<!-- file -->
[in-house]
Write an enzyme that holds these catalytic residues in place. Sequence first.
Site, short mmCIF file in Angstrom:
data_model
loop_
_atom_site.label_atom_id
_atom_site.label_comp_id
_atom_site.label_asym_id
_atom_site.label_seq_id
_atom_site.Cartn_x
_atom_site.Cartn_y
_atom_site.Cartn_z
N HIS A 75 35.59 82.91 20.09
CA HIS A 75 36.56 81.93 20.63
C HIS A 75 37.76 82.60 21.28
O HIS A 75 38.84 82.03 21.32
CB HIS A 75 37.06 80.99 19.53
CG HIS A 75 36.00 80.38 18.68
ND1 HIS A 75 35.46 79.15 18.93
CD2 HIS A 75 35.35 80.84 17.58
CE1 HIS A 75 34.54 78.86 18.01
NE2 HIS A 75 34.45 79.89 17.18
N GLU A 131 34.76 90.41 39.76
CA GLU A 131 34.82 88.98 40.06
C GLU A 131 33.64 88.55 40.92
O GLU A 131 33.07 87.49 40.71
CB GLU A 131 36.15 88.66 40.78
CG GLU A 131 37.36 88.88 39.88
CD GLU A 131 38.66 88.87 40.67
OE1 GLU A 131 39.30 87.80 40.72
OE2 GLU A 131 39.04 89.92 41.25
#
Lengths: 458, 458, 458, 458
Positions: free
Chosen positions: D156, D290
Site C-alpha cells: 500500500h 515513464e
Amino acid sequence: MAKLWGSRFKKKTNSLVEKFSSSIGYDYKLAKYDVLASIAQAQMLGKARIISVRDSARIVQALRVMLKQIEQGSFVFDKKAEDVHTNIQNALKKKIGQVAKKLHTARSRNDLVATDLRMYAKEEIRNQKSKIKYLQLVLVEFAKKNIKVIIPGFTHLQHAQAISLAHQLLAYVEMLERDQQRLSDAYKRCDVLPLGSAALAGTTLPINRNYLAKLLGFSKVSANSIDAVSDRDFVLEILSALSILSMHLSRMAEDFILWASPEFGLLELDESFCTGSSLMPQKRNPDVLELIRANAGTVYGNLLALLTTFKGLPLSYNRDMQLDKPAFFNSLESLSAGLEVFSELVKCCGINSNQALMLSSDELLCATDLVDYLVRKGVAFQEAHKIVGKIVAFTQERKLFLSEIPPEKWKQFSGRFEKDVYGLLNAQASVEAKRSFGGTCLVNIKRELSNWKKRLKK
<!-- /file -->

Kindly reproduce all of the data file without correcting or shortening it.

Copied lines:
[in-house]
Write an enzyme that holds these catalytic residues in place. Sequence first.
Site, short mmCIF file in Angstrom:
data_model
loop_
_atom_site.label_atom_id
_atom_site.label_comp_id
_atom_site.label_asym_id
_atom_site.label_seq_id
_atom_site.Cartn_x
_atom_site.Cartn_y
_atom_site.Cartn_z
N HIS A 75 35.59 82.91 20.09
CA HIS A 75 36.56 81.93 20.63
C HIS A 75 37.76 82.60 21.28
O HIS A 75 38.84 82.03 21.32
CB HIS A 75 37.06 80.99 19.53
CG HIS A 75 36.00 80.38 18.68
ND1 HIS A 75 35.46 79.15 18.93
CD2 HIS A 75 35.35 80.84 17.58
CE1 HIS A 75 34.54 78.86 18.01
NE2 HIS A 75 34.45 79.89 17.18
N GLU A 131 34.76 90.41 39.76
CA GLU A 131 34.82 88.98 40.06
C GLU A 131 33.64 88.55 40.92
O GLU A 131 33.07 87.49 40.71
CB GLU A 131 36.15 88.66 40.78
CG GLU A 131 37.36 88.88 39.88
CD GLU A 131 38.66 88.87 40.67
OE1 GLU A 131 39.30 87.80 40.72
OE2 GLU A 131 39.04 89.92 41.25
#
Lengths: 458, 458, 458, 458
Positions: free
Chosen positions: D156, D290
Site C-alpha cells: 500500500h 515513464e
Amino acid sequence: MAKLWGSRFKKKTNSLVEKFSSSIGYDYKLAKYDVLASIAQAQMLGKARIISVRDSARIVQALRVMLKQIEQGSFVFDKKAEDVHTNIQNALKKKIGQVAKKLHTARSRNDLVATDLRMYAKEEIRNQKSKIKYLQLVLVEFAKKNIKVIIPGFTHLQHAQAISLAHQLLAYVEMLERDQQRLSDAYKRCDVLPLGSAALAGTTLPINRNYLAKLLGFSKVSANSIDAVSDRDFVLEILSALSILSMHLSRMAEDFILWASPEFGLLELDESFCTGSSLMPQKRNPDVLELIRANAGTVYGNLLALLTTFKGLPLSYNRDMQLDKPAFFNSLESLSAGLEVFSELVKCCGINSNQALMLSSDELLCATDLVDYLVRKGVAFQEAHKIVGKIVAFTQERKLFLSEIPPEKWKQFSGRFEKDVYGLLNAQASVEAKRSFGGTCLVNIKRELSNWKKRLKK